FIG. 1D is a cross-sectional diagram depicting the structure after deposition of a seal coating 12. The seal coating 12 may be deposited over the entire wafer and may comprise a relatively thick layer of, for example, a glassy material. The glassy material may be, for example, a spin-on-glass or a sputtered glass. The material may comprise silicon dioxide. Alternatively, the material may comprise silicon nitride or metal. The seal coating 12 should be of a material and thickness so as to be impermeable to undesired contaminants. The proximity and electrical characteristics of these coatings must be considered in the design of the SAW device.

FIG. 1E is a cross-sectional diagram depicting the structure after lithographic patterning of the seal coating 12. The patterning removes portions 14 of the seal coating to expose the electrical contact pad portions of the transducers 4. In addition, the patterning removes portions 16 of the seal coating to create vias (holes) through the seal coating to the sacrificial material below. In a preferred embodiment, the vias are placed to avoid a wave propagation area of the SAW device.

FIG. 1F is a cross-sectional diagram depicting the structure after etching away the remaining sacrificial material 10 by way of the via(s) to create a pocket 18 surrounded by a structure 20 of the seal coating. The etching may be done by a dry etching process that does not leave undesirable residue.

For example, in one embodiment, the etching of a polysilicon (or amorphous silicon) sacrificial material on, for example, a lithium tantalate (or lithium niobate) wafer with a sealing layer of silicon dioxide (or silicon nitride or metal) may be accomplished by placing the wafer in a xenon-difluoride atmosphere. The xenon-difluoride enters the vias and attacks the sacrificial material with high selectivity (i.e. leaving the substrate and sealing coating substantially un-etched). The xenon-difuoride also removes the sacrificial material without leaving a substantial residue on the surface of the wafer. Leaving the acoustically active portion of the surface residue free prevents adverse alterations to wave propagation characteristics of the device. A pocket is thereby formed between the seal coating structure 20 and the surface of the wafer in the region previously occupied by the remaining sacrificial material 10. Alternatively, a different gas with similar characteristics to xenon-difluoride may be used to dry etch the sacrificial material.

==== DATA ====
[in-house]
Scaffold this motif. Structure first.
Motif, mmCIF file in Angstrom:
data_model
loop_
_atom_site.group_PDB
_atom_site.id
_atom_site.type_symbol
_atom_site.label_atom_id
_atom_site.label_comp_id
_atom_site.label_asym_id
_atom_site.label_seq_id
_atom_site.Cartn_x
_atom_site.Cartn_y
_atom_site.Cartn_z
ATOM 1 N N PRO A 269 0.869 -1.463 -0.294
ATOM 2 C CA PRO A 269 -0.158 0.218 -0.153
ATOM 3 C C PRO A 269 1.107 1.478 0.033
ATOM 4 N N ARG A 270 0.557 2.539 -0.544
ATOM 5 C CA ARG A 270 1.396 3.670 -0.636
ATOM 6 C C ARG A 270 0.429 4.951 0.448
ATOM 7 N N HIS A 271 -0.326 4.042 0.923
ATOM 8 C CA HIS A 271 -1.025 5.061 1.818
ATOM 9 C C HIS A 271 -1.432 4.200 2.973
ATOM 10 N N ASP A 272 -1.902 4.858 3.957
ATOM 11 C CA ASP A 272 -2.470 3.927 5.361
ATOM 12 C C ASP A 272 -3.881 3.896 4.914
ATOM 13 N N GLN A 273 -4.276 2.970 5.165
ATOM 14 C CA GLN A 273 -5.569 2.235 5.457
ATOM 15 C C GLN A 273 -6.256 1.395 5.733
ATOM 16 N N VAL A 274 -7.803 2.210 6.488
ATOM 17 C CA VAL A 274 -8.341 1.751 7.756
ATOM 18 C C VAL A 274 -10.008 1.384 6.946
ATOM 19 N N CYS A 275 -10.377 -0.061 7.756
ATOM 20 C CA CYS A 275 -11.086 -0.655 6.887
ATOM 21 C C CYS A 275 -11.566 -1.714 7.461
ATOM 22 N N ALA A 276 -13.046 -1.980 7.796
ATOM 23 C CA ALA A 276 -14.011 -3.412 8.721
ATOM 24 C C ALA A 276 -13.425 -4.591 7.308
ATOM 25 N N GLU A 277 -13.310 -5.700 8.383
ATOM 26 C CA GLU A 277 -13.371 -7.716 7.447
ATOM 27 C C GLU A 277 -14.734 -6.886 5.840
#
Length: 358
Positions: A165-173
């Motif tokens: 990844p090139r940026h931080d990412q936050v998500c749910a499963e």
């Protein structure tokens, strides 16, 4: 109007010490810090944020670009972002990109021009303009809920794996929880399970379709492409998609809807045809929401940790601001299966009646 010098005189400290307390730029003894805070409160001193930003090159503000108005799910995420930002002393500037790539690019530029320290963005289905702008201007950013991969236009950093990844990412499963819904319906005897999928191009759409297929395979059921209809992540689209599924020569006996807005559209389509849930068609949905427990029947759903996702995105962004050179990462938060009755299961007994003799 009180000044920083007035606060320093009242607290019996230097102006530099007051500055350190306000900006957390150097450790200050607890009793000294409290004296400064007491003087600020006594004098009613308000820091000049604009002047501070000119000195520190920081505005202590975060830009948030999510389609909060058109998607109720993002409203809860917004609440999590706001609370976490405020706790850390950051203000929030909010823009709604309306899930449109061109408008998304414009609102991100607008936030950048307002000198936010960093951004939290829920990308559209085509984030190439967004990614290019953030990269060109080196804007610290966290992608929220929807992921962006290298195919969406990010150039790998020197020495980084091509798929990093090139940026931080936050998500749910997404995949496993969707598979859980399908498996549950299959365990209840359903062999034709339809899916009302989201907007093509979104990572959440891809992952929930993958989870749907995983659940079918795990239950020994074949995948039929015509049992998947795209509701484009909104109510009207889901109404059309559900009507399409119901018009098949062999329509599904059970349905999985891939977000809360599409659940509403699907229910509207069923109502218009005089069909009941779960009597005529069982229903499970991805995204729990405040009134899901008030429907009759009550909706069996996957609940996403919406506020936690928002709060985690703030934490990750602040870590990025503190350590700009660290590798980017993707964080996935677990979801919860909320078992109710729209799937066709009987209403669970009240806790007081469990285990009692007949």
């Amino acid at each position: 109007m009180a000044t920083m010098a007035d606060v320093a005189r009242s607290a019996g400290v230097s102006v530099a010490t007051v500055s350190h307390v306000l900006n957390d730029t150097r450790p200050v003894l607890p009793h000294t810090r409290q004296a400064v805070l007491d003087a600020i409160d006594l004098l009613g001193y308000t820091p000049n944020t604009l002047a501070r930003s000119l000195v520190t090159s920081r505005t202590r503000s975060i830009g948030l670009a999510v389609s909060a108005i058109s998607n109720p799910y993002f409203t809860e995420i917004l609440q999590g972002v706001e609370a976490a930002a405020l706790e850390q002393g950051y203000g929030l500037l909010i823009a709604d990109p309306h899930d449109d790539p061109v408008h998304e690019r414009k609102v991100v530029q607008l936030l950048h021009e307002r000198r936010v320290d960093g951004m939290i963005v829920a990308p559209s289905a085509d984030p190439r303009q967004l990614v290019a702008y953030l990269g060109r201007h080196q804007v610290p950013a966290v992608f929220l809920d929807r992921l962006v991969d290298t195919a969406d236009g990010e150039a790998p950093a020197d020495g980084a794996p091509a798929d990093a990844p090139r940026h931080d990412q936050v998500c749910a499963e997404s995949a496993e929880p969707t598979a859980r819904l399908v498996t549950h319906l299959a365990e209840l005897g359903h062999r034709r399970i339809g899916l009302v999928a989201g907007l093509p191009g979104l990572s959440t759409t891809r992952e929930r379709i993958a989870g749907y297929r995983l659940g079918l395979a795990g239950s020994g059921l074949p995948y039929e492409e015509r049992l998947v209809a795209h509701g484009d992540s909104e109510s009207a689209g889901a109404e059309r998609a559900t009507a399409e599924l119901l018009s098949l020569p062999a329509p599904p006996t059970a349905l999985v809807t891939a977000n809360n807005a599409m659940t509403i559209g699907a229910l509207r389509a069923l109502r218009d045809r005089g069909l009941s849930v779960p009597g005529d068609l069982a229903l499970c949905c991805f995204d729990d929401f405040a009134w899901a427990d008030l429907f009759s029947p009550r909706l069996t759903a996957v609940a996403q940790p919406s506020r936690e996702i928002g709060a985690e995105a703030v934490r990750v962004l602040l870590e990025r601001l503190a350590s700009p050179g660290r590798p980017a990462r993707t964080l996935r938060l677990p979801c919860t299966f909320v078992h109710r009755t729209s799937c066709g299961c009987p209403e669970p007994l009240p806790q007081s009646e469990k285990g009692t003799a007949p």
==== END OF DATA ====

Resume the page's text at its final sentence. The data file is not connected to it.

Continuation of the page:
FIG. 1G is a cross-sectional diagram depicting the structure after the wafer is placed in a target atmosphere. This may be done by placing the wafer in a sputtering, evaporating or other vacuum chamber pumped down to a target atmosphere. The target atmosphere may comprise partial pressures of one or more target gases. The gas pressures in the chamber come to equilibrium across the vias 16 to attain the same gas pressures inside the pocket 22 as inside the chamber.

FIG. 1H is a cross-sectional diagram depicting the structure after filling the via(s) 16 to seal the target atmosphere 22 in the pocket. The vias (holes) 16 through the coating structure 20 may be filled 24, for example, by sputtering or evaporation of silicon dioxide or metal.

Sputtering, when configured to be isotropic in nature, will fill in the vias 16 by coating the rims of the holes and building up material from the rims until the vias 16 are sealed. The isotropic nature of sputtering will introduce some of the silicon dioxide or metal into the pocket. If the sputtered material lands on the region to be occupied by the surface acoustic wave, the propagation properties of the acoustic wave may be altered in a detrimental manner. To avoid this detrimental effect, the coating structure 20 may be designed such that the via(s) 16 are not over or are not in the vicinity of the wave propagation area. This is so that the amount of sputtered material that lands on the wave propagation area may be minimized or reduced to an insubstantial amount that only insignificantly affects the propagation of the surface acoustic waves.

Alternatively, evaporation may be used where the silicon dioxide or metal beam is positioned at an angle to the wafer. Evaporation tends to be highly directional in nature. By positioning the beam at a substantial angle to the wafer, the highly directional beam can fill 24 the vias 16 without introducing significant evaporated material into the pocket. An additional advantage of evaporation is that a higher vacuum may be achieved in an evaporation chamber in comparison to a sputtering chamber.